3D Model Could Provide Better Understanding of Cancer's Spread

What might this means of data generation teach medicine about drugs?

A mock-up of the 3D jet writer. Design has been cropped and resized. Courtesy of Purdue University/Luis Solorio.

Irrespective of the billions of dollars society spends on cancer research each year, scientists have yet to find a cure. In the United States alone, 1.7 million people are diagnosed with the disease, and about 600,000 die, each year.

The main reason that it is so hard to find effective treatments, researchers have said, is because the disease is so personal to an individual. Although many factors contribute to the development of cancer, there’s a lack of understanding about the underlying molecular mechanisms that drive it. Precision medicine, of course, has been gaining steam, but it has yet to take off across healthcare.

Researchers from Purdue University in Indiana hope to further the effort to make cancer treatment more personalized by identifying which drugs are particularly effective against a patient’s cancer type. The group, led by Luis Solorio, PhD, assistant professor of biomedical engineering, created a lifelike cancer environment out of polymer to better analyze drugs that might stop the disease in its tracks.

In the past, studies have used a 3D printer to re-create a controlled cancer environment, but the copies were not realistic enough for drug testing. The 3D jet writer developed at Purdue enables a cancer microenvironment by producing polymer tissues on an authentic scale with pore sizes large enough for cells to enter just as they would in a human body.

Right now, cancer treatment is not curative, so the long-term plan is for the technique to identify which drugs are particularly effective against a cancer, Solorio said.

“Clinicians have tons of different drugs at their disposal, but they don't really have the tools in place to be able to select which drugs might actually work, because a lot of those drugs are going to just make the patient feel better but not give them clinical benefit,” Solorio noted.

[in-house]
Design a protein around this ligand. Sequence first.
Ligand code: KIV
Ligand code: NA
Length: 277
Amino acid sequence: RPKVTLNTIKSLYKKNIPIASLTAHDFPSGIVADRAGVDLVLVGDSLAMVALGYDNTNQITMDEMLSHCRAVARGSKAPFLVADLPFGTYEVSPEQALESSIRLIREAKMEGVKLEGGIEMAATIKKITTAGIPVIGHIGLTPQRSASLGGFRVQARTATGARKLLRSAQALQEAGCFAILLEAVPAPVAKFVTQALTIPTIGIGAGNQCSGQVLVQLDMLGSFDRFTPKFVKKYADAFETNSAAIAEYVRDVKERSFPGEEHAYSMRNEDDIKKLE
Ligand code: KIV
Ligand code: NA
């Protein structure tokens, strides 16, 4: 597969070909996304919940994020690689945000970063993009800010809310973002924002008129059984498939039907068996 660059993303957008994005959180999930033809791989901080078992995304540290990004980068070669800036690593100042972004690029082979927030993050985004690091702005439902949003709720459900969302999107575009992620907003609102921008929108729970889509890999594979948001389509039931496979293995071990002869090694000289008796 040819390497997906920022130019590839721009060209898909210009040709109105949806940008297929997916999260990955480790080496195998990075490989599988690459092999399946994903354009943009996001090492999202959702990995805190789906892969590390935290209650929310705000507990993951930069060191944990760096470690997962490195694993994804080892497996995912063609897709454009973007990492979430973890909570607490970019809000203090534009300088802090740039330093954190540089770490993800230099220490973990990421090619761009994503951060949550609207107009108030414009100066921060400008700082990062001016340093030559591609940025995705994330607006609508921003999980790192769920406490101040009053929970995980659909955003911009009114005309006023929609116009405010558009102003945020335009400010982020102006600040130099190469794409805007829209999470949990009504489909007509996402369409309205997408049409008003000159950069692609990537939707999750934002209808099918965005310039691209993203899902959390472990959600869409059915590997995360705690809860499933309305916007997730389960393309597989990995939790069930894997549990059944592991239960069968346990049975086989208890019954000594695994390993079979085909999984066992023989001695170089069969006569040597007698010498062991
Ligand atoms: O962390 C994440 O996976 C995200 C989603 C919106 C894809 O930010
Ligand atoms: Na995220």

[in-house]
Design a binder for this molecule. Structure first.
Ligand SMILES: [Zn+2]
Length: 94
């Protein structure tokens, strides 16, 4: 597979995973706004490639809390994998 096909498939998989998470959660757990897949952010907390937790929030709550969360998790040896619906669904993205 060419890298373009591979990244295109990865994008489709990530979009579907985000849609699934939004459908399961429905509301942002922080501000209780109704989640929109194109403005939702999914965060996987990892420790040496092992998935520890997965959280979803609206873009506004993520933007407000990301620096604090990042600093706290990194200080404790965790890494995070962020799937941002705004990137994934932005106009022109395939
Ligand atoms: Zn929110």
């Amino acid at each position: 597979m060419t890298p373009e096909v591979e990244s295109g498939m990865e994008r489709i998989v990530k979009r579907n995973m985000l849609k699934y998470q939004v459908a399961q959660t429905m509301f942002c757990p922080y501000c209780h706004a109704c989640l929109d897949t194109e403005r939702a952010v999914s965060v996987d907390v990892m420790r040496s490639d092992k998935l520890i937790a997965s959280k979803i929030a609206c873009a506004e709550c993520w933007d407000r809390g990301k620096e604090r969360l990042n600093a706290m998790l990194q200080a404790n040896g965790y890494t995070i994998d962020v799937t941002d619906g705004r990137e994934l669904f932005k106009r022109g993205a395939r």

In the study, researchers used a patient’s fluids that already contained cancer cells—like those from water on the lungs, which are drained and usually discarded—to grow the cells. Solorio said the findings “are exciting,” as the cancer cells grew well and even outgrew some of the other cells in that space. When the researchers tried to take those same samples and grow them using standard tissue culture practices, they either died or stopped growing. “When we test them in this defined protein metrics, that never happened,” Solorio added.

In this case, the cells not only maintained the proliferative space but also the receptors that clinicians can use to determine which drugs a patient should receive.

Solorio hopes the finding will give clinicians a tool that will help guide their decision-making, which is particularly hard after a cancer has metastasized, and the cells are not as responsive to drugs as they were in the initial tumor.

“The clinician has only a limited amount of information to use when selecting the best drug or drug combination for the patient after the cancer has metastasized. So what we are hoping to do is provide a tool that can be used to inform the clinicians about which drugs may perform the best for a particular patient by screening thousands of compounds using the patients own cancer cells,” he said.

Researchers began working on the project at the Biointerfaces Institute at the University of Michigan and the continued it at Purdue.

The study was recently published in the journal Advanced Materials.

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